Every incident in our life is a brick in the wall of who we are, and it is interesting, especially for a writer, to stop to examine them carefully every now and then.
On going through my A World Ago blog (http://www.doriengrey.
So, come with me back in time once more, back to my days aboard the great grey hulk of the grand old aircraft carrier U.S.S. Ticonderoga, anchored in the Bay of Naples.
I was somehow "elected"…how or by whom is lost in the mists of memory…to accompany three of my shipmates from the Commissary Department to go ashore and find a location for our Division Christmas party. (I know there is a letter in the blog dealing with the party itself.)
Upon getting off the liberty boat and beyond the guarded perimeter of Fleet Landing, we were immediately surrounded by the hundreds of always-present "guides" eager to assist American sailors find various forms of wholesome entertainment. We somehow settled on one to whom we explained our mission: to find a restaurant to host our party. He packed us all in a cab and headed off up into the hills to a place he had in mind—one from which he obviously received a hefty fee for bringing in business and, after half an hour or so, we'd made arrangements for the party.
On the way back into the city, the guide asked if we would like to make the acquaintance of some "beautiful women" he knew of.
I'd anticipated—and dreaded—something like this ever since we got off the ship, since I was with three red-blooded heterosexual sailors. "Sure!" my buddies agreed enthusiastically. I just sat there, wishing I could somehow open the door and throw myself into oncoming traffic. But I was trapped.
Our guide gave directions to the taxi driver, who took us God-knows-where, and pulled up in front of the door to a house which was indistinguishable from the solid row of identical buildings which stretched off endlessly in both directions. The guide urged us out of the taxi, which then took off, leaving us…and particularly me…on a strange street in a strange part of a strange city.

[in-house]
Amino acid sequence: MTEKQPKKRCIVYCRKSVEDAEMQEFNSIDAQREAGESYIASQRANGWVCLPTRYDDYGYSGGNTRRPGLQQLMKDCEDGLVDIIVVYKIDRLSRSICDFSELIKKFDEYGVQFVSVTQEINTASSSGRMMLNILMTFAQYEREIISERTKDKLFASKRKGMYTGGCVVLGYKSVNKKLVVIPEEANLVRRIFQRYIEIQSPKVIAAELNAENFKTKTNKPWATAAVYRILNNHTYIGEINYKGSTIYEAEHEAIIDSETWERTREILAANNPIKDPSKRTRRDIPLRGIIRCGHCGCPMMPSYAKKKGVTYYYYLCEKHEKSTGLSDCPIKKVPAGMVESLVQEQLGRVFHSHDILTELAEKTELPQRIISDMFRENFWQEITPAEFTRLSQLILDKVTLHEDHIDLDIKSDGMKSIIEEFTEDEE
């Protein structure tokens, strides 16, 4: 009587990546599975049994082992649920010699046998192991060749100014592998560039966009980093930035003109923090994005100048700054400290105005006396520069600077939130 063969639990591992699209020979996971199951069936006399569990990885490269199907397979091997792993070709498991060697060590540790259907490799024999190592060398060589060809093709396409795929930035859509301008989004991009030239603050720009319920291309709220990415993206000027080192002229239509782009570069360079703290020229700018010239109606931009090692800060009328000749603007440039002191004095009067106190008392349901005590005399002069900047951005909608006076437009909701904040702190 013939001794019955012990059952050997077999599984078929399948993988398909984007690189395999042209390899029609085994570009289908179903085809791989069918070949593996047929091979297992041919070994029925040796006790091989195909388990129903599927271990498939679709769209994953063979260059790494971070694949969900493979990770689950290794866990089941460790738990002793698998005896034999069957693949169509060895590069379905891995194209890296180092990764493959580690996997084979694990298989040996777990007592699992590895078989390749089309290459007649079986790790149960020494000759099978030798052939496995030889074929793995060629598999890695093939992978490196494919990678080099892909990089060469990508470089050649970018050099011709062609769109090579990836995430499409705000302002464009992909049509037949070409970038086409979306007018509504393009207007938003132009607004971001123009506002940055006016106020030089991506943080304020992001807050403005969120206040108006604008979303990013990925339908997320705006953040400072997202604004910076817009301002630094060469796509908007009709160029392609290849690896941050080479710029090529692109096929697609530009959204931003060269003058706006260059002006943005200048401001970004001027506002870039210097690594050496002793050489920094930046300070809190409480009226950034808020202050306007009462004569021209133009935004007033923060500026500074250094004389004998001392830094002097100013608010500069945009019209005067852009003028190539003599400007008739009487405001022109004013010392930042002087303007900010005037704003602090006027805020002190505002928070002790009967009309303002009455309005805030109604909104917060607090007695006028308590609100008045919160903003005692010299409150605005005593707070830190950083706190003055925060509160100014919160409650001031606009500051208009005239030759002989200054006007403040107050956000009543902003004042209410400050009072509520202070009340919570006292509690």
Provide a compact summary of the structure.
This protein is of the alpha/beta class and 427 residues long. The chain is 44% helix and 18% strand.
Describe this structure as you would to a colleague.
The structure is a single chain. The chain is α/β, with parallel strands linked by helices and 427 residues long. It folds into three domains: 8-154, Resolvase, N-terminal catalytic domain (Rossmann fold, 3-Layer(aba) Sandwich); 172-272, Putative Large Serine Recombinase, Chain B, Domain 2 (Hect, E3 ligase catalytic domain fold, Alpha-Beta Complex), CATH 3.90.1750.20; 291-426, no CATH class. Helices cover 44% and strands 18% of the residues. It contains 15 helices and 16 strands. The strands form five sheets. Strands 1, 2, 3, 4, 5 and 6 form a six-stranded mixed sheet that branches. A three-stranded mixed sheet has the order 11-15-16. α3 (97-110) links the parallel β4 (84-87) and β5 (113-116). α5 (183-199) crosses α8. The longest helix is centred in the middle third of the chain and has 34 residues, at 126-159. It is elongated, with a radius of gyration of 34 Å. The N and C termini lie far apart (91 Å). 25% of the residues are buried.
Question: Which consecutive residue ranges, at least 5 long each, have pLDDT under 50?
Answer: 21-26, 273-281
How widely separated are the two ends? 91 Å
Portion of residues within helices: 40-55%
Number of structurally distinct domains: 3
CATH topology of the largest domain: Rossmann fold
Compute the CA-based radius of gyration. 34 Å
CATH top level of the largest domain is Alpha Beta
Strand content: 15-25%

I was numb with dread. There was no way in hell I was going to join in the coming festivities, but to let my shipmates know I would rather shoot myself than engage in heterosexual sex could result in something I could not even bring myself to contemplate: being exposed as a "queer", thrown off the ship in disgrace, given a dishonorable discharge and shaming my parents and relatives…being gay in the Navy was (and is) definitely not a good thing.
But back to the story. The guide knocked on the door, which was opened by a typical, drably-dressed Italian woman anywhere from 40 to 60 years old, who looked us over without reaction and stepped back allowing us to enter. We found ourselves in a medium-sized room I assumed to be a combination living room and parlor. I don't recall seeing any indication that there were other rooms, but I'm sure there were. In the center of the room was a large, heavy wooden table on which the woman had been ironing clothes.
There was a plain sofa against one wall, and on the opposite wall a rocking chair in which sat an old man, rocking back and forth, smoking a pipe, and paying us not the slightest bit of attention. A young boy about nine years old played with some sort of toy on the floor. After looking up briefly, he, too, ignored us.
The guide urged us to sit on the sofa as the woman returned to her ironing. She had not spoken, and did not speak, a single word. When we were seated, the guide told us he would go round up the girls and bring them back, and without another word, he left.
And there I sat, surrounded by three ravingly heterosexual United States sailors, one nine year old boy, one 40-60-year-old woman, and an old man in a rocking chair smoking a pipe.
Deathly silence. The boy played, the woman ironed, and the old man rocked and smoked. Some time later…I have no idea how much later, since my stomach was in my throat and I was fervently praying for death…our guide returned. He was followed in by six women of mixed ages and sizes, including, inexplicably, a dwarf.
They walked in the door, smiling at my shipmates (I, unlike J. Alfred Prufrock, neither knew nor cared if they smiled for me), and walked completely around the table, twice: merchandise on display. Our hostess ironed, the boy played, scooting out of the way to allow the girls to pass him, and the old man smoked and rocked, totally oblivious.
One by one my shipmates made their choice and got up and left. "How about you, Roge? Pick one." "I will," I said, lying through my teeth. "You go ahead." We agreed to meet back in front of the house in an hour.
After my three friends had left and I declined to make a selection from the remaining girls, they also left.
And there I sat. Alone. In Naples, Italy. In what was not a whorehouse but a staging area. Alone and utterly invisible to the woman ironing and the old man smoking and rocking. The young boy, however, showed some interest and soon came over to me, as though I were some endangered species in a zoo. We soon engaged ourselves in a game of "what's this?" exchanging English and Italian names for things like "nose" and "finger" and "shoes".
And the time passed. And passed. And passed. And finally, when I could stand it no longer, I got up and left and somehow made my way back to the ship.
The next day I ran into one of my companions on this little adventure. "Have a good time, Roge?" he asked, grinning.
"Great," I said. I lied.
The above is an excerpt from Dorien Grey and Me (http://www.doriengreyandme.
(picture: The Fleet's In by Paul Cadmus.)